Delegate Dance came out of Petersburg with an 810 to 346 vote edge over Delegate McQuinn, a margin of 464 more ballots cast in her favor.

“I love Petersburg, and they proved that they love me back,” Delegate Dance gushed in a Facebook post after her win.

Delegate Dance also gained a 282 edge in votes over Delegate McQuinn among voters in Hopewell, Prince George and Dinwiddie and had a net gain of 216 votes in Chesterfield County.

Delegate McQuinn, who received the explicit support of state Democratic Party Chairman and city Mayor Dwight C. Jones, easily won in Richmond, but only 916 voters turned out in the capital city, voting 764 to 152 in her favor.

She did not respond to Free Press queries.

It was a big show of support by Petersburg, where nearly 80 percent or more than 25,000 of the city’s population of 32,000 are African-Americans.

The recession and government cutbacks at nearby Fort Lee have hammered the city.

Data show more than one in four Petersburg residents live at or below the poverty level and more than 40 percent of the city’s children live in poverty.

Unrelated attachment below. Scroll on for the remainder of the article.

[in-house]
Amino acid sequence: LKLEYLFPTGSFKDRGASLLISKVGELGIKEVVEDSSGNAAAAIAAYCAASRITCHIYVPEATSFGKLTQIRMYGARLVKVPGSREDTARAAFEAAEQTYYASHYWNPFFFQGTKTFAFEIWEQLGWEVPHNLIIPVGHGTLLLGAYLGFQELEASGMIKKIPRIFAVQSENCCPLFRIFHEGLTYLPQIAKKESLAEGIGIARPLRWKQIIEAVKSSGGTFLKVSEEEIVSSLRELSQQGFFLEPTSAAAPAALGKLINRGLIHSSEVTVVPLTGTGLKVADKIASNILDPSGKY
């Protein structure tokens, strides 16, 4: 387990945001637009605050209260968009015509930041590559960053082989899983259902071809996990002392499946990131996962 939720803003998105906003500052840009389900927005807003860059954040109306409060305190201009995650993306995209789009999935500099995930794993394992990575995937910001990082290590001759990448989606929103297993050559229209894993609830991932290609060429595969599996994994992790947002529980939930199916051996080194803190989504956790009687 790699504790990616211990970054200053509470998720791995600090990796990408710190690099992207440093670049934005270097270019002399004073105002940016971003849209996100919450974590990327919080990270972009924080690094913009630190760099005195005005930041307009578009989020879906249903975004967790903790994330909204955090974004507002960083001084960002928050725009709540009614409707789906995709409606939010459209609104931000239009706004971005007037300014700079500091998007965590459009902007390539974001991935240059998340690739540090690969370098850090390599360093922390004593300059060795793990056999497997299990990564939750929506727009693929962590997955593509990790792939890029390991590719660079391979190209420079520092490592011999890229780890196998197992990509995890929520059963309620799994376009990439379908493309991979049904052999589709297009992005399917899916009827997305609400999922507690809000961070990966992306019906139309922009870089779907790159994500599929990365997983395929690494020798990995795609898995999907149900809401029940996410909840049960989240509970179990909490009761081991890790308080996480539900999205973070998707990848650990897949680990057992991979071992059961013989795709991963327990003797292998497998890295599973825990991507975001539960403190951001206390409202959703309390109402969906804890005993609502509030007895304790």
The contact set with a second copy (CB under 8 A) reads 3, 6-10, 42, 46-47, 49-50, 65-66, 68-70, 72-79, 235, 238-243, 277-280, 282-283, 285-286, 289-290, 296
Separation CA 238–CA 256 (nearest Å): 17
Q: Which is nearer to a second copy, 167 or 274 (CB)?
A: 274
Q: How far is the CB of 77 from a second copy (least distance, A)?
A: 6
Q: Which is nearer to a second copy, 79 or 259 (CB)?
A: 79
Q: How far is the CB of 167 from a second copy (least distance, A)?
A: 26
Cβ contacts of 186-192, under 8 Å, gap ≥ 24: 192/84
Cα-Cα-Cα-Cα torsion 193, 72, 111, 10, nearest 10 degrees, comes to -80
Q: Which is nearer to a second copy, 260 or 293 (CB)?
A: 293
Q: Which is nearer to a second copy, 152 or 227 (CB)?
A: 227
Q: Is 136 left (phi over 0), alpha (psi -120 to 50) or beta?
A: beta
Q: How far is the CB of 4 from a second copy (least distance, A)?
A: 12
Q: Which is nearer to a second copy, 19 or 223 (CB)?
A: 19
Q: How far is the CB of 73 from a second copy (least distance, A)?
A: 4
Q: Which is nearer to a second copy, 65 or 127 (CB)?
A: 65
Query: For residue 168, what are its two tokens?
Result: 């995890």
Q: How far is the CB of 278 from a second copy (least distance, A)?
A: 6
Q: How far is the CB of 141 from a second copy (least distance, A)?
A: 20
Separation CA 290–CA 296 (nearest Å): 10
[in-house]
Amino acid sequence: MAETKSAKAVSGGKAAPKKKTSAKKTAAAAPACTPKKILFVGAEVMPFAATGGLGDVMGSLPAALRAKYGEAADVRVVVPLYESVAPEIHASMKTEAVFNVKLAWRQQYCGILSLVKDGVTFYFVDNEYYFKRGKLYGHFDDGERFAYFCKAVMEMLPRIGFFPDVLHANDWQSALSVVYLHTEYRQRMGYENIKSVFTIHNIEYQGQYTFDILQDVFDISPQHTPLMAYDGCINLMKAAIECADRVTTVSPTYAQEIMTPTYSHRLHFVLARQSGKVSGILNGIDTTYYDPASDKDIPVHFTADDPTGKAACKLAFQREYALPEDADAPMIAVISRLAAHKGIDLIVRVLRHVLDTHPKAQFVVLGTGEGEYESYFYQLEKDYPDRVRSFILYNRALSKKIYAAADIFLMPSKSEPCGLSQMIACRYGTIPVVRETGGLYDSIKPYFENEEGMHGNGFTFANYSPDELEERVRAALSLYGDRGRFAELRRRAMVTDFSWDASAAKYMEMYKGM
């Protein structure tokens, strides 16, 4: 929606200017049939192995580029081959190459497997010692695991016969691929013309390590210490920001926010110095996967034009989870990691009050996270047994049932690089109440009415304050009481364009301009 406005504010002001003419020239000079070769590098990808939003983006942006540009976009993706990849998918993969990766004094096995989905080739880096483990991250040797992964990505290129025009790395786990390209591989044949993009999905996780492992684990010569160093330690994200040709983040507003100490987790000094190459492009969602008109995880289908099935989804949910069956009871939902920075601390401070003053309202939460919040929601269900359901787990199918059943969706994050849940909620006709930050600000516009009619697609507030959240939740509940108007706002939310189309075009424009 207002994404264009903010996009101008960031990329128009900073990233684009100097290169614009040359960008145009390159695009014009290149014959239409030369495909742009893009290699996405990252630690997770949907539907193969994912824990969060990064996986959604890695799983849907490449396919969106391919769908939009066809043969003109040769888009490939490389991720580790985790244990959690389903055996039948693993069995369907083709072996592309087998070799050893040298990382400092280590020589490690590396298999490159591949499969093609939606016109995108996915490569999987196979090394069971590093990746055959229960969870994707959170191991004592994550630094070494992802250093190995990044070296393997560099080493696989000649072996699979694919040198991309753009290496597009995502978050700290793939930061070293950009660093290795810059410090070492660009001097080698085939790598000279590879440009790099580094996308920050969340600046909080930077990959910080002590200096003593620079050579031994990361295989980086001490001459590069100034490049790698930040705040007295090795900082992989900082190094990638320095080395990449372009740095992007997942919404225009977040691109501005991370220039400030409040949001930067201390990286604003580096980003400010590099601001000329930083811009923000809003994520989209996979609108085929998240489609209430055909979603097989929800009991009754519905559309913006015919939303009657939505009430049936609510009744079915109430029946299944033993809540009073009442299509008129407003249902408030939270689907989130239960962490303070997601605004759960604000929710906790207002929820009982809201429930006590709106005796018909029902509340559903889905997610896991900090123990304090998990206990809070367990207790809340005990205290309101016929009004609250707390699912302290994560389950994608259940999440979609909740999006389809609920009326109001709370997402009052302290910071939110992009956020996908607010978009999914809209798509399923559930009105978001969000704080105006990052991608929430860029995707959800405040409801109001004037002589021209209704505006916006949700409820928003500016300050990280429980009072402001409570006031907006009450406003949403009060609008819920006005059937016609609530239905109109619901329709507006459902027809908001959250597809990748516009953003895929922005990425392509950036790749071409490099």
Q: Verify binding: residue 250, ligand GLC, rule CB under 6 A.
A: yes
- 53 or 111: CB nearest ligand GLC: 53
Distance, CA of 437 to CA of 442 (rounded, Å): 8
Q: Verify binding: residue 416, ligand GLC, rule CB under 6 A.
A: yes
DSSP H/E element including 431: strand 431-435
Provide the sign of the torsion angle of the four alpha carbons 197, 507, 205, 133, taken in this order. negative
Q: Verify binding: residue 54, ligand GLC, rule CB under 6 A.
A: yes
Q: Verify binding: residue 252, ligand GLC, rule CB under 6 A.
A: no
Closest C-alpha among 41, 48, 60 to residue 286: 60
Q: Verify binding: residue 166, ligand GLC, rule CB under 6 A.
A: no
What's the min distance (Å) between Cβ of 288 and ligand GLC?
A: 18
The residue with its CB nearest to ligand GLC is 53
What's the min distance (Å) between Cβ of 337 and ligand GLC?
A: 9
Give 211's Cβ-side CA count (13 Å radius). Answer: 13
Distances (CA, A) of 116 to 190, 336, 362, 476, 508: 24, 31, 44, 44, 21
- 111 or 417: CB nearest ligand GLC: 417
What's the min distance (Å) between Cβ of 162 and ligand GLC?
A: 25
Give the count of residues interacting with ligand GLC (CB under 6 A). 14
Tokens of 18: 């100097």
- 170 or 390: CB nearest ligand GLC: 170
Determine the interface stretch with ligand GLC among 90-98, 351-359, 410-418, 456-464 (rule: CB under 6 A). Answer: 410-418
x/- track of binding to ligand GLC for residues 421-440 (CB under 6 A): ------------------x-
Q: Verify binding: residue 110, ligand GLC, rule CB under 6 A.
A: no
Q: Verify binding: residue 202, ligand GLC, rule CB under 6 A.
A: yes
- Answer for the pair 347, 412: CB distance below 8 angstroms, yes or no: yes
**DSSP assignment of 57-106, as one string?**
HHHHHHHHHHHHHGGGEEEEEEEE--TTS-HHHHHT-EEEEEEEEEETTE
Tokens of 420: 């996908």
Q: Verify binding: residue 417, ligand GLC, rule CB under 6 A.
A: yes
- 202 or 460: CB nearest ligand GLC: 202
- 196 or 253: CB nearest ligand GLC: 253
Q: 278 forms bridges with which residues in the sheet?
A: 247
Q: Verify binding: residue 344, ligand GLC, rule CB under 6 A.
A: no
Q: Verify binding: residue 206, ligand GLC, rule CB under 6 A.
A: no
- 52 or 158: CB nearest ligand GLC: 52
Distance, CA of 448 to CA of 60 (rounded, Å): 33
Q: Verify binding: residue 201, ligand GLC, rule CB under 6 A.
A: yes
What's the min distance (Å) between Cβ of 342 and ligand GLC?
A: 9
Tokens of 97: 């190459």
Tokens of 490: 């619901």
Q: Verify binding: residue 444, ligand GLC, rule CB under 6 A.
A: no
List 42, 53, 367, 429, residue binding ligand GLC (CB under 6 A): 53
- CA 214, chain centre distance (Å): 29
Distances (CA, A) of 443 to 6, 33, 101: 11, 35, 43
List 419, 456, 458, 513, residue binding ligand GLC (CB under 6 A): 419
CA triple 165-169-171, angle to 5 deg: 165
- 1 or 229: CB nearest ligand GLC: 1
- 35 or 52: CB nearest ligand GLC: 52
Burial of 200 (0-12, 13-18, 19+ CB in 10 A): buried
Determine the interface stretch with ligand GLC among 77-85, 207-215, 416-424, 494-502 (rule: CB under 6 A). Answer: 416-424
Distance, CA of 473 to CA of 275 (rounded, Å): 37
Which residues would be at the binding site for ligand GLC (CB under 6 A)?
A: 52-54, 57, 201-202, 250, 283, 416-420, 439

Delegate Dance has represented the 63rd House district since 2005 and previously served 12 years as Petersburg’s mayor and a member of City Council.

Some pundits claimed Mr. McCollum’s 11th-hour entry into the race paved the way for Delegate Dance by siphoning crucial votes from Delegate McQuinn.

Regardless, Delegate McQuinn failed to turn out a big Richmond voting bloc despite the endorsements of Richmond council members whose districts are inside the Senate district, including council Vice President Ellen F. Robertson, 6th District; Cynthia I. Newille, 7th District; and Reva M. Trammell, 8th District.

Rev. McQuinn also earned the support of more than two dozen ministers.

Delegate McQuinn’s defeat also appeared to be a rebuke to Mayor Jones, who endorsed her in an automated phone call that went out to thousands of households in the district last Friday.

The mayor called Delegate McQuinn “a true Democrat” who would support “President Obama’s Medicaid expansion 100 percent.”